Is the Halcyon MC System suitable for recreational scuba divers?
Absolutely. In fact most of our sales to recreational scuba divers that want to improve their diving.
Halcyon's DIR approach is suitable for beginning divers whether or not they want to progress to technical diving. The DIR setup is less cluttered and restrictive than jacket style BCs. It creates far less drag in the water. It is also more stable than the jacket-style BC, thanks to the crotch strap. Because it is less cluttered, it allows the the novice diver to more quickly locate the inflate hose to add or dump air. The back-up regulator is always in the same place - reassuringly right under the chin - and not somewhere in the chest triangle or dangling down beside the tank. The student doesn't need to frisk herself to find it, then un-clip it before breathing it. It's there right where it's needed.
Breathing the long hose means even a novice can donate air and still maintain room to maneuver - room which the short hose does not provide. The pressure gauge is easy to monitor with a quick glance down and to the side; remember, there is no bulky or partially inflated BC to obstruct the view. The depth gauge is right there on the wrist where it can be read at a glance - not dangling in a console with one or two other instruments or crunching along the bottom like a brick on a string. Because the DIR setup is so un-encumbering, novice divers are, in fact, far less likely to feel claustrophobic and panicky than when they are wearing more the more conventional BC with wraparound inflation. In fact, one of the key points of DIR is the conservation of energy - it is so smooth and slippery in the water that students can concentrate their energies on practicing their skills rather than using large amounts of energy just to move a bunch of clumsy, high-drag dive gear through the water.
In other words, if the most demanding exploratory diving fosters the use of a clean gear configuration, beginning and open water divers would benefit just as much (if not more) from the reduction in the amount of gear one carries, from a streamline profile that has been stripped of a bird's nest of unsecured hoses and dangling attachments, and from a technique that makes management of out of air situations all the more safe.
What kind of weighting do I use with an MC System?
The traditional weight belt works with any Halcyon MC system. However, for the diver seeking maximum safety and efficiency in their gear configuration, the Active Control Ballast" (ACB) system provides a sleek, low profile-- and more comfortable-- alternative to the standard weight belt.
Halcyon's ACB systems are offered in two sizes: the 10 lb (per side) ACB+, or the hardy 15 lb (per side) ACB Deluxe. Both the 10 lb and 15 lb styles feature a unique design that eliminates the use of "all or nothing" style weight releases. The MC system, coupled with ACB weighting, offers several means to affect a controlled emergency ascent, which is easily achieved through simple distribution of "ditchable" vs. "non-ditchable" weight.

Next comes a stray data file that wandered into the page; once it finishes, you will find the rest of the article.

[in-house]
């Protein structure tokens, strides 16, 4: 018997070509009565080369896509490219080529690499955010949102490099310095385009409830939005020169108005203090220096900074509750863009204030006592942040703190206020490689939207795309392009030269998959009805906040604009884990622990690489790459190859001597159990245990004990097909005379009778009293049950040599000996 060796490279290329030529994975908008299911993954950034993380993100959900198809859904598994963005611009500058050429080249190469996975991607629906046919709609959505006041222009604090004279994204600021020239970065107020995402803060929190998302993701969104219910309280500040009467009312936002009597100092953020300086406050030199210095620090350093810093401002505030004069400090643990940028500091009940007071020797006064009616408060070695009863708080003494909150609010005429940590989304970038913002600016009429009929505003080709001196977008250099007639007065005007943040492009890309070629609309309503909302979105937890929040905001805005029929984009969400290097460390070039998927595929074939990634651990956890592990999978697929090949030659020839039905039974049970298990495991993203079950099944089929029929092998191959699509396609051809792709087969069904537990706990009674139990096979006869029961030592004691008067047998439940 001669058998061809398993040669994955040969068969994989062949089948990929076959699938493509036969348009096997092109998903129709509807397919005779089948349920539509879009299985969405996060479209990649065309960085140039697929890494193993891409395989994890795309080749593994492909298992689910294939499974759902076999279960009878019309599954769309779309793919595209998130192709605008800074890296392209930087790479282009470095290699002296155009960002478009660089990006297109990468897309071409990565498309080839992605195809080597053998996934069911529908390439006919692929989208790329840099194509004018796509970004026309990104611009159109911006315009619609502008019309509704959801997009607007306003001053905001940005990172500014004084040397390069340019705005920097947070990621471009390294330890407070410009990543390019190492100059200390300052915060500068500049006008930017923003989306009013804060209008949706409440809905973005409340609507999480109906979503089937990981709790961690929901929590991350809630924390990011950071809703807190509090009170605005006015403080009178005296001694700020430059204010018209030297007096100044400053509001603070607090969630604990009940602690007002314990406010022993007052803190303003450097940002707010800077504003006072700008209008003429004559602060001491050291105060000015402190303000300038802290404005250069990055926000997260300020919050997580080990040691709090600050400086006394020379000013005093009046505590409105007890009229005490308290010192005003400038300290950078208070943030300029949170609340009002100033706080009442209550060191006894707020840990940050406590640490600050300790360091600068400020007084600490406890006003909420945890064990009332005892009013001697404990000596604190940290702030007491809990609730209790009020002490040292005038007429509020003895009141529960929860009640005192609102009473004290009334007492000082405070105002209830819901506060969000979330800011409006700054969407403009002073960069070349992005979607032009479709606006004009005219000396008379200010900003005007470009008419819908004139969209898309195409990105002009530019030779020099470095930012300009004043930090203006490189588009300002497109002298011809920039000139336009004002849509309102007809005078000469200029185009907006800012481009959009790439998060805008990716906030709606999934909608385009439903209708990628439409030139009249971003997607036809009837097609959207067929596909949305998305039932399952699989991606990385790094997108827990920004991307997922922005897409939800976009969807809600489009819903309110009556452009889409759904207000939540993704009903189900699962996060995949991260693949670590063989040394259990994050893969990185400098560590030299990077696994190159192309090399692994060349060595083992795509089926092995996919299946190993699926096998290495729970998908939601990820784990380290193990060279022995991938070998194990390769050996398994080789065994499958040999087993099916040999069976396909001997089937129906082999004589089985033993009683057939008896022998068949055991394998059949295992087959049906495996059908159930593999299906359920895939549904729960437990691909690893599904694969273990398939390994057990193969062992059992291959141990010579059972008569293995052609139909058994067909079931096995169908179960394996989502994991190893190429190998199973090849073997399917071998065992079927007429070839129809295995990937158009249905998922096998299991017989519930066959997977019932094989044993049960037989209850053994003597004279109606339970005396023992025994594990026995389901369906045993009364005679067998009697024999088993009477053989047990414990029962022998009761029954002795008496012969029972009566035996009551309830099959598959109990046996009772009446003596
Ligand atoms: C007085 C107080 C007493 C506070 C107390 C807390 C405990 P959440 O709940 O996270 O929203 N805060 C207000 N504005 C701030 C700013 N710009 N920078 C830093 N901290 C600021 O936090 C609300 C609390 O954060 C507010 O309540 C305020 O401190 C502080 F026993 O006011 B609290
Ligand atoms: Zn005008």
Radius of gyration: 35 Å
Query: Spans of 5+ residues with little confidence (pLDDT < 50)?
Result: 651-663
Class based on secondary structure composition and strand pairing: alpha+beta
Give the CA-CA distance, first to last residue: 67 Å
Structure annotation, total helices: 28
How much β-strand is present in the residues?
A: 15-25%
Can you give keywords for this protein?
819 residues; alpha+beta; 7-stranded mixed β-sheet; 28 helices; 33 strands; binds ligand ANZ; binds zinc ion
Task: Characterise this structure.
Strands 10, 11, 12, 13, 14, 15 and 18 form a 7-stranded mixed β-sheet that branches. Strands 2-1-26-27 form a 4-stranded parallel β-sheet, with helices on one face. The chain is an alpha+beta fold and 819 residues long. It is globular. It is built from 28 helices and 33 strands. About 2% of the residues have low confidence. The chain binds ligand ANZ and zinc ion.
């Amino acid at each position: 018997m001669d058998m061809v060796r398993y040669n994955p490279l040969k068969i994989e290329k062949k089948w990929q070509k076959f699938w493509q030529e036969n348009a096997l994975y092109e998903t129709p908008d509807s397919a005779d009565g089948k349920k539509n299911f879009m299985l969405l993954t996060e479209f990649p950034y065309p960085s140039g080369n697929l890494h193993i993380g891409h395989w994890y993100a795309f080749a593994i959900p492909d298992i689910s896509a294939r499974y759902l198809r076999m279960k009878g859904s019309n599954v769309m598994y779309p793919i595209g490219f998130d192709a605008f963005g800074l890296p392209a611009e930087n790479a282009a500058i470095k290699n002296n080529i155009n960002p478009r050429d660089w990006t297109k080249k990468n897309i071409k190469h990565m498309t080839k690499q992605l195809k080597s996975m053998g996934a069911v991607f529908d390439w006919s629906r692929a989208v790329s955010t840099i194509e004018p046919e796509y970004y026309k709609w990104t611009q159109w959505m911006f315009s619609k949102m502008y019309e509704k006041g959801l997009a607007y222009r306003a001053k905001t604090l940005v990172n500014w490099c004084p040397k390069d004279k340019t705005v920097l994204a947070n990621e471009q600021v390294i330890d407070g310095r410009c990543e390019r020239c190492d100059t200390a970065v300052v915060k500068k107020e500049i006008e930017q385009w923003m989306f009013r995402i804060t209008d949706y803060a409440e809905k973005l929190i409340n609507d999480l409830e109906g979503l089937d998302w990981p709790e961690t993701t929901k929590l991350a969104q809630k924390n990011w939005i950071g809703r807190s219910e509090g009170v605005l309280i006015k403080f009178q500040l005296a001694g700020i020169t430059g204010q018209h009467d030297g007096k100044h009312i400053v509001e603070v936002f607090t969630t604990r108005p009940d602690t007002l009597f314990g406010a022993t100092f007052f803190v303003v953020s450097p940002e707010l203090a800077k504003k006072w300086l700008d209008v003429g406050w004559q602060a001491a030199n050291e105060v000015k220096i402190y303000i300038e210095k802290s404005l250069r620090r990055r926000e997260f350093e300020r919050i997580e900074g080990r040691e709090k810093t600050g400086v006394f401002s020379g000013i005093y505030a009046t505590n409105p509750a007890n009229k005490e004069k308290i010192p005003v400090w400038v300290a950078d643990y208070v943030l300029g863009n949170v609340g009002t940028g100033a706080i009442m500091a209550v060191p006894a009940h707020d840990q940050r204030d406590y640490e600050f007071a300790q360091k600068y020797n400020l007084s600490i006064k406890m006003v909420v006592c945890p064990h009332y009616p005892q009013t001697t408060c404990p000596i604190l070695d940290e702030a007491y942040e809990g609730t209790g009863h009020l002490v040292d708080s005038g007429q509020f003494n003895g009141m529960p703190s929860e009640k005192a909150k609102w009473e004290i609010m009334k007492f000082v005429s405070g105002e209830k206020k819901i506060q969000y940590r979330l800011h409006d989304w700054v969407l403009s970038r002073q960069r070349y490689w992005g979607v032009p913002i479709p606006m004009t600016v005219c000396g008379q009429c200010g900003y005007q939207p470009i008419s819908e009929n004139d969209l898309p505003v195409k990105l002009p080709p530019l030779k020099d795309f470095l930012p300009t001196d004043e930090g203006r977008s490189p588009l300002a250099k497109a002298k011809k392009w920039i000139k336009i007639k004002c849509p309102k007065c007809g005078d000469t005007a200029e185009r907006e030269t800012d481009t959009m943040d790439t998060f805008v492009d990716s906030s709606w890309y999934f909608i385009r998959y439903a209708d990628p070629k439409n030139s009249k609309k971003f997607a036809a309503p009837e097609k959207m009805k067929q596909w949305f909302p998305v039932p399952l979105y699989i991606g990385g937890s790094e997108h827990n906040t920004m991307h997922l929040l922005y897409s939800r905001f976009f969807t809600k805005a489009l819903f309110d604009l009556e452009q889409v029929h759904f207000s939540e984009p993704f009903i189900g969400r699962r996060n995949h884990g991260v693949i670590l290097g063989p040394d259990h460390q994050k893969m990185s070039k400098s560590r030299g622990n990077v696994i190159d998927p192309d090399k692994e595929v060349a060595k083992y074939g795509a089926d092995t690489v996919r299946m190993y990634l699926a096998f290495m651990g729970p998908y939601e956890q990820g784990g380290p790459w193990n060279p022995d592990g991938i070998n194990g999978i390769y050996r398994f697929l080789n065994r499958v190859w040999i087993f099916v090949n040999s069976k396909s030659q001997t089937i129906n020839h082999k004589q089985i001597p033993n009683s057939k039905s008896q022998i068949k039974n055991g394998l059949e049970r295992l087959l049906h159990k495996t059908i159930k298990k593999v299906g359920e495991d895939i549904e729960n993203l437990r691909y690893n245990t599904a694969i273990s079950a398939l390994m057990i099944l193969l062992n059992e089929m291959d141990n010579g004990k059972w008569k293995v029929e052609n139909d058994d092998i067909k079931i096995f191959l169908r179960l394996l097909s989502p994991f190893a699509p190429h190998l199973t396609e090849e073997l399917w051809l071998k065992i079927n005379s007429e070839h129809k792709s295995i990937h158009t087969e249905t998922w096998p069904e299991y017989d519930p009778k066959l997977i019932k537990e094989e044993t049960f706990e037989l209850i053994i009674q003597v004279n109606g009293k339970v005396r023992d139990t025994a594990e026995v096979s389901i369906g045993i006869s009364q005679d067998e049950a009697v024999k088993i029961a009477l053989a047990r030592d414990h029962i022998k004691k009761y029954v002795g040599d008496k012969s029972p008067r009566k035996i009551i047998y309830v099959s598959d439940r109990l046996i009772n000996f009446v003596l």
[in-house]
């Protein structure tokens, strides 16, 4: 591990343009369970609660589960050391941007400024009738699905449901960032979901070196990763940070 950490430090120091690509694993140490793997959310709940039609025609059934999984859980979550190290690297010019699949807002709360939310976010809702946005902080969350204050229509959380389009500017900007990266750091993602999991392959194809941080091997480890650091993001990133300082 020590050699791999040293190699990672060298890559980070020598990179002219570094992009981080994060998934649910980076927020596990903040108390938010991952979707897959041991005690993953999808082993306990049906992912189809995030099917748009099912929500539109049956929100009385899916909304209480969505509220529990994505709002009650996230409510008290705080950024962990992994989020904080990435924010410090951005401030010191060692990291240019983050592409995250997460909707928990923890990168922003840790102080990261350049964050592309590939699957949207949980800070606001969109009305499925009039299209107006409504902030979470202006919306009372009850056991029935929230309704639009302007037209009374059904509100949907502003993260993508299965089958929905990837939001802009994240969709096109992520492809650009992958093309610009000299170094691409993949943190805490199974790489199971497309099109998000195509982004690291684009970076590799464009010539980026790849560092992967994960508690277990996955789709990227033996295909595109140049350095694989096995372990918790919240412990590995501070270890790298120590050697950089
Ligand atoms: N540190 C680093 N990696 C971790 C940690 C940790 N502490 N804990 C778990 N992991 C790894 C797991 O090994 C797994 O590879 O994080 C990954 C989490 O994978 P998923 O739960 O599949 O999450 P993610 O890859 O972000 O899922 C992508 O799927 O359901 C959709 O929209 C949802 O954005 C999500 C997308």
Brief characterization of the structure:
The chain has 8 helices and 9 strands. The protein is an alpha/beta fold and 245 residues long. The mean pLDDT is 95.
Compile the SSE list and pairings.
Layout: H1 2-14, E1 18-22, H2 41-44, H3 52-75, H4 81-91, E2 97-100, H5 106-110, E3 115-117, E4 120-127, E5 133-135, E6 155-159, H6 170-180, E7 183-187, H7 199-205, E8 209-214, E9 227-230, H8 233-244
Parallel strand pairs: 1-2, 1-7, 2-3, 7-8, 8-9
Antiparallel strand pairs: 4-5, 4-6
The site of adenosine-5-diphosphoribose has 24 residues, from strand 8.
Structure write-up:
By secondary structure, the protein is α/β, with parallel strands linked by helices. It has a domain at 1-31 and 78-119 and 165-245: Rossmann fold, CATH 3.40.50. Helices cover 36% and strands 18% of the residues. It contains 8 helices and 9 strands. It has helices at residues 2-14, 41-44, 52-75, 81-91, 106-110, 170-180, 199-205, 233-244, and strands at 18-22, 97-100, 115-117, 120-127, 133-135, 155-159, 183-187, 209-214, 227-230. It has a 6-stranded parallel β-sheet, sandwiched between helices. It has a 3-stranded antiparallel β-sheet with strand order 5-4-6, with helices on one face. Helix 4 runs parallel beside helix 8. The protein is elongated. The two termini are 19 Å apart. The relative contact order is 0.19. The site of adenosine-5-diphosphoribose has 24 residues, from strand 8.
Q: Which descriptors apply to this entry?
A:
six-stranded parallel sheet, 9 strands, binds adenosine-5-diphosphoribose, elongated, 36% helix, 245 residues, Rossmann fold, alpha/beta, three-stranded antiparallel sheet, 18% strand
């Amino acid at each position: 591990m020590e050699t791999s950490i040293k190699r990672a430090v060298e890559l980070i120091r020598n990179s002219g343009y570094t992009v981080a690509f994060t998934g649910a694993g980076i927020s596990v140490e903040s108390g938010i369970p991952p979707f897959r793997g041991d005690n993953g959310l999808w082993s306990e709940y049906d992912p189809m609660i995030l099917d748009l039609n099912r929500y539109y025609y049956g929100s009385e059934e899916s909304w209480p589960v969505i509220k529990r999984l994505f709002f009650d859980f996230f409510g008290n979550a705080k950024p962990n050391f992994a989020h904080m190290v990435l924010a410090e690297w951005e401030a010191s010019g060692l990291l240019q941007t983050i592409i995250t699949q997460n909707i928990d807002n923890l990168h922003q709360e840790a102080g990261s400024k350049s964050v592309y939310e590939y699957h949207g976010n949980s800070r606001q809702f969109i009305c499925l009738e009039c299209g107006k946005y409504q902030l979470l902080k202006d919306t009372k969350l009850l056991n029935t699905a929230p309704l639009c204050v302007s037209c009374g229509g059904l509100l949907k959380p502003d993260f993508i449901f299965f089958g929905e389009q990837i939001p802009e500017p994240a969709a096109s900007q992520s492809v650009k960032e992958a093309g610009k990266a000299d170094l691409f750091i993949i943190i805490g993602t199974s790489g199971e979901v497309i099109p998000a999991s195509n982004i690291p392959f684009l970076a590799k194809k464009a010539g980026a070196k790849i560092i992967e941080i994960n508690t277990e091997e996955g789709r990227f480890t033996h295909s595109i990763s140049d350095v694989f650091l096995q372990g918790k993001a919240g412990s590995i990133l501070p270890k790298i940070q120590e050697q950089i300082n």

A diver at depth only needs to remove enough weight to allow an ascent in an emergency. If all of the weight is worn on a belt or other similar "all or nothing" weight systems, the only option in an emergency is to "ditch" all of the weight, forcing the diver into a ballistic ascent. Conversely, the diver with a more even distribution of weight may choose to only "ditch" a portion of their overall weight and affect a controlled ascent to the surface. ACB users can remove one or both weight pockets for greater control. The "non-ditchable" weight is easily incorporated via Halcyon's Stainless steel back plate/secure harness and/or keel weights.
Although weighting can vary depending on factors such as diving environment, exposure suit, and tank size, Halcyon offers a solution for every diver's needs. The solid foundation of the MC system with ACB weighting makes diving in any environment a lot more enjoyable by providing divers with the safest, most streamlined gear configuration.
Why are there different size wings?
Rear mounted buoyancy compensation is (still) the best choice for diving when properly sized/designed for the gear package/configuration required by your dive. If you follow the typical design criteria available to all BC designers for the last twenty years, you will find that less than 12 pounds of actual adjustable flotation are adequate for the "BC" portion of the task. The problem with these mass marketed production 'rigs' is they try to accommodate a very broad range of configurations while also trying to suffice the surface flotation necessity. The end result so often found in compromise is absolute failure on all marks.
When diving a 27 pound, narrow full-circle flow around wing, combined with a aluminum 80, stainless steel backplate secure harness, six pound tank mounted counterweight and 3 piece 5/3/3mm Rubatex wetsuit, a 6'/200 pound male diver can be perfectly balanced underwater and very stable in a reliable heads-up surface position at the surface. For additional utility flotation purposes you can carry a Closed Circuit lift bag or Diver's Life Raft , depending on dive site.